Although many have forgotten the reason, these two Vietnam veterans are still proud to have served in the Vietnam War to fight for their country. They spoke out in an effort to restore the true history of the Vietnam War and recall the past.
The Vietnam Veterans of America (VVA), Chapter 850, hosted its annual Memorial Day event to remember those who gave their lives for their country during the Vietnam War, and to honor Vietnam veterans and their families for their service and sacrifice.
At the Kent County Veterans Memorial Park in Delaware on May 31, two Vietnam veterans, Paul Davis and Joseph G. Startt Jr. expressed their hope that people “learn more about history.” They want people to understand the values underlying their patriotism, and also the importance of resisting socialism.
The Vietnam War, between 1955 and 1975, was a war between South Vietnam, supported by anti-communist countries, and North Vietnam, supported by communist regimes such as the Chinese Communist Party and the former Soviet Union. It was a battle to stop communism ruling our world.
On Jan. 20, 1961, President John F. Kennedy in his Inaugural Address said: “Let every nation know, whether it wishes us well or ill, that we shall pay any price, bear any burden, meet any hardship, support any friend, oppose any foe to assure the survival and the success of liberty. This much we pledge—and more.”
Vietnam Veteran’s Patriotism: Upholding Freedom
Paul Davis, the president of the Delaware State Council for VVA and vice president of Chapter 850, said that day, “America is a country that embraces freedom: freedom of speech, freedom of religion. That’s why we survived.”
Davis, who served twice in Vietnam, considers the United States “one of the greatest countries in the world.”
“As evidence of that,” he said, “we lost millions of our soldiers who defend the Constitution, what we believe in. As we move on today, and we never want to forget about those, remember their families, the husband, brothers; they need our help and our support.”
He mentioned that those veterans who engaged in combat have not had an easy life. They have had to deal with the ordeals of war.
“When you’re in a combat situation, you have to learn how to adapt to it. And you have to learn how to live with it,” he said. “Fighting for democracy, freedom of speech, sometimes you have to do that.”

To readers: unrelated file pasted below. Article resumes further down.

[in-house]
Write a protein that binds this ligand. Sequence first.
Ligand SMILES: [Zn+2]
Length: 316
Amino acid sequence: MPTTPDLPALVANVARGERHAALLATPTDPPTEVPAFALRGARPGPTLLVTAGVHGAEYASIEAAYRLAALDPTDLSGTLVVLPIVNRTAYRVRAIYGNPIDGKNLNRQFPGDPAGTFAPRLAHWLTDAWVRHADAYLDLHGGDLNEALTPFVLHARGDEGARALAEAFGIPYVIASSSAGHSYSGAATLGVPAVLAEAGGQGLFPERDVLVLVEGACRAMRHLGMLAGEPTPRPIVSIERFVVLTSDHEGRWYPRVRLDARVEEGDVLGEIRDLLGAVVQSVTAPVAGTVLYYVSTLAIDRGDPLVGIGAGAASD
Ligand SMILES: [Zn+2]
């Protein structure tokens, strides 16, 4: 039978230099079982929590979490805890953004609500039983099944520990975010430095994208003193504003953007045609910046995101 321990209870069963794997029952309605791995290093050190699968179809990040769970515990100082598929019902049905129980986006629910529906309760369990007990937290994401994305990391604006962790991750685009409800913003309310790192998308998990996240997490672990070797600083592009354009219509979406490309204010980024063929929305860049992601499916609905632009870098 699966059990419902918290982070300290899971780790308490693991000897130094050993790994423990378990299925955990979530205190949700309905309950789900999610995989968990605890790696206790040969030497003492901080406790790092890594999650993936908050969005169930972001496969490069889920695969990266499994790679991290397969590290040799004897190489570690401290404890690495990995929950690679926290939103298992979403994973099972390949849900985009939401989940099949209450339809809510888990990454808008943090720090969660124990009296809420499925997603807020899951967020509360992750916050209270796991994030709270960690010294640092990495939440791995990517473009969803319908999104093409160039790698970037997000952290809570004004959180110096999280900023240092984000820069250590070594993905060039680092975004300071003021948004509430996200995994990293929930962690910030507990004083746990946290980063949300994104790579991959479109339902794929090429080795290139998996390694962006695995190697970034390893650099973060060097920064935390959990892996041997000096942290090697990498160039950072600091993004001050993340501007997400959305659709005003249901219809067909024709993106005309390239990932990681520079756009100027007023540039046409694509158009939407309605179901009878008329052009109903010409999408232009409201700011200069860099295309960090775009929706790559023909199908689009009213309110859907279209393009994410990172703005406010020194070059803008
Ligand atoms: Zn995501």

Fighting Again to Resist Socialism
Davis served his first tour in Vietnam just after turning 20, working in the field of communications with the U.S. Army. He spent two years and seven days in Vietnam and returned home at the end of 1965.
“I’m very proud of what I’ve done. I did what my country asked me to do,” he said, adding that he was “very dedicated to the military.”
At the end of his speech at the Memorial Day event, Davis expressed his big concern for the future of the country: “This left-wing group wants to turn [the United States] into a socialist country. It is nonsense.”
He believes that Americans who understand the preciousness of liberty will fight for their country, way of life, and values, adding, “We’re going to fight for it again, a great Constitution.”
Davis said it’s of great important to preserve history by teaching history so that people can make the right decisions in the future, “because sometimes, history may repeat itself.”
“If you understand history, you might be able to avoid a second historical event. That’s why I support education.”
Severely Wounded Veteran: Willing To Serve My Country Again
Joseph G. Startt Jr., the president of the Delaware Chapter 850 of VVA, also spoke that day. He told The Epoch Times: “I’m proud of what I’ve done. I’m proud to wear my uniform … And I’m happy that I served my country. And I would do it again.”
Startt was drafted on July 3, 1969, to fight in Vietnam for 9 months and 27 days from Dec. 1969 to Sept. 26, 1970. He was in the Army’s 25th Infantry and was seriously wounded in combat.
“I had a collapsed lung, blew my knuckle off, hit my neck, hit my arm, got a big hole in my back,” he said. Startt is now retired after working for the Air Force Base for 30 years.
The Vietnam War was the largest war in which the United States participated in after World War II, with nearly 3 million troops serving in Vietnam. During the Vietnam War, over 58,000 U.S. service members were killed. VVA was founded in 1978. It was chartered by Congress and is exclusively dedicated to Vietnam-era veterans and their families. Delaware Chapter 850 of VVA established the Kent County Veterans Memorial Park with Kent County Levy Court in 2009.
Startt expressed great concern about current trends, saying that some people know nothing about the Vietnam War.
“We went there to help. And I think we did a good job,” he said. “I think it should be taught in schools and have more memorials and stuff for the men and women that have died for us.”
Startt was happy to conduct the Memorial Day event: “I want to thank the men and women who gave their lives for us to be safe. We started this because it was nothing in Delaware at that time, and it’s just been a Godsend.”